The topic of plagiarism has crossed my path on a few different occasions recently, and it’s come to my attention that people just seem to think there are different rules when it comes to the Internet.
While we all learned how to appropriately source references in public school (in the days before the internet), some have thrown those guidelines out the window. That may be because there’s LOTS of plagiarism on the internet already that makes it appear that content theft is normal; it’s not at all uncommon to see the same content posted in 8 different places without a link or credit to the original writer.
I know we covered protecting yourself from how to Stick to the Facts to Avoid Content Plagiarism, but with so much discussion and confusion on the subject, let’s go back to the basics. You want to protect yourself from a lawsuit, and you don’t want to hurt your SEO rankings with too much duplication after all.
Guidelines to Avoid Online Plagiarism
Thanks to Wes Towers for this easy yet powerful list for business owners. Here's how you turn blogging into marketing.
Marketers understand blogging is one of the best ways to reach out to their target audience. It has become an efficient way to share updates, news and other information to your customers and prospects. It is also a great way to share thoughts on issues as well. Although it will never replace the power of the telephone for one-on-one communication, blogging wins hands down for communicating to the masses in a cost effective manner.
A blog site sitting along side your main website lets you as a business owner boost your online presence. It’s an opportunity to share your company’s latest news, events and what’s happening in the industry. The problem is, many set out and never seem to get the readership required for it to really be of benefit to the business.
Now, let’s just say that you already have set up your blog and have even started posting content. What are you doing to let your target audience know about it? What have you done to increase your blog readership? Nothing? Sadly, that’s the answer most people give.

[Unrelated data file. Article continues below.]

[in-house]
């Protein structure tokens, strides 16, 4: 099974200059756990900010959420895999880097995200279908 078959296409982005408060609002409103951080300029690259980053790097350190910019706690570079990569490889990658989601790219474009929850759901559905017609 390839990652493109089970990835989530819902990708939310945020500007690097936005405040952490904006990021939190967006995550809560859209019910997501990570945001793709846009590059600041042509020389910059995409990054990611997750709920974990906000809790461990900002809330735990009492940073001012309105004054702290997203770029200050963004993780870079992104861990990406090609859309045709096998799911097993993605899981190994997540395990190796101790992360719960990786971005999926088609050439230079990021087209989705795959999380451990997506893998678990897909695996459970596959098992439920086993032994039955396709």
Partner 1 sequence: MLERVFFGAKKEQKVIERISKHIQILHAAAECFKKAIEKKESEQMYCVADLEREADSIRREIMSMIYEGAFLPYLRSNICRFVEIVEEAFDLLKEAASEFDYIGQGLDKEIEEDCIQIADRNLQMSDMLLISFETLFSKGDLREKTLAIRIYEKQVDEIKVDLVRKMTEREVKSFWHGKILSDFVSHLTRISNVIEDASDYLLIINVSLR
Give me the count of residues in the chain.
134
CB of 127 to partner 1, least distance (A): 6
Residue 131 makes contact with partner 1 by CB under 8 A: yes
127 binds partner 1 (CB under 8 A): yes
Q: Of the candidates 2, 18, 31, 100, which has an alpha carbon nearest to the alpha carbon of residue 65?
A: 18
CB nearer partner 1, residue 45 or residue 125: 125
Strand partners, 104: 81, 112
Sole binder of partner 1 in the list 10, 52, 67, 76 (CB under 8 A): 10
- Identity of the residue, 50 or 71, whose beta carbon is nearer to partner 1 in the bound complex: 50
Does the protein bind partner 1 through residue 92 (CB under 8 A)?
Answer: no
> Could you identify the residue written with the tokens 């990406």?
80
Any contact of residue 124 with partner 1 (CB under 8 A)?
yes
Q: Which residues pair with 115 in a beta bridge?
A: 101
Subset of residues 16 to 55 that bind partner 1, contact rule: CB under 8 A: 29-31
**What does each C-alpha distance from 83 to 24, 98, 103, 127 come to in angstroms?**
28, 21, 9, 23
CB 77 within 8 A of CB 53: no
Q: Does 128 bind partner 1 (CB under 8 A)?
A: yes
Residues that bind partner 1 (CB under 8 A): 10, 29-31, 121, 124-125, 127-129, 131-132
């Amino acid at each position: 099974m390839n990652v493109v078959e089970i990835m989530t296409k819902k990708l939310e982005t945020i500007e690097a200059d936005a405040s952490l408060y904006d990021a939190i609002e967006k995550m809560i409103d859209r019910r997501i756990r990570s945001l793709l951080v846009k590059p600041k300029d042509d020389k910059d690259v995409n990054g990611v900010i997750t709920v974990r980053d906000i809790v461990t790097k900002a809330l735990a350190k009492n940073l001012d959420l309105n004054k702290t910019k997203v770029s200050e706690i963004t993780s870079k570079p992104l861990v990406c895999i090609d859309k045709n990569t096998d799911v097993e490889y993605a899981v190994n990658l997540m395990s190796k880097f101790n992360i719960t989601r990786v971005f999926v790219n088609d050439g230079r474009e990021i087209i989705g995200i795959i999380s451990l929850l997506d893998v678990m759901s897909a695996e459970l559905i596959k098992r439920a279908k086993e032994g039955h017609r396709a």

Here are a few pointers to help you turn your blog into a powerful marketing strategy:
You may not think that a simple thing like the format of your blog posts can add much value to how well they perform. But a simple change that really doesn’t alter the way you write, can make all the difference!...
By Beth Graddon-Hodgson
Recently I’ve noticed that the line is becoming blurred between blog and SEO content. Theoretically, anything you post online must by SEO-friendly, but there are still noticeable differences – or so it used to be. If you’ve been following, you know by now I don’t like to fit blog writing into a limited definition as many do. But I also don’t think that absolutely anything goes because you don’t want your blog to become overly technical.
Before I get into where that line should be drawn, let’s consider what role an SEO article (you know the type that’s often produced by the major SEO firms) plays versus what a blog should accomplish:
Many businesses are nervous about sticking their neck out when they blog – they’re worried about people latching on to an idea or opinion voiced that they don’t like, and they’re concerned what that will do to the business.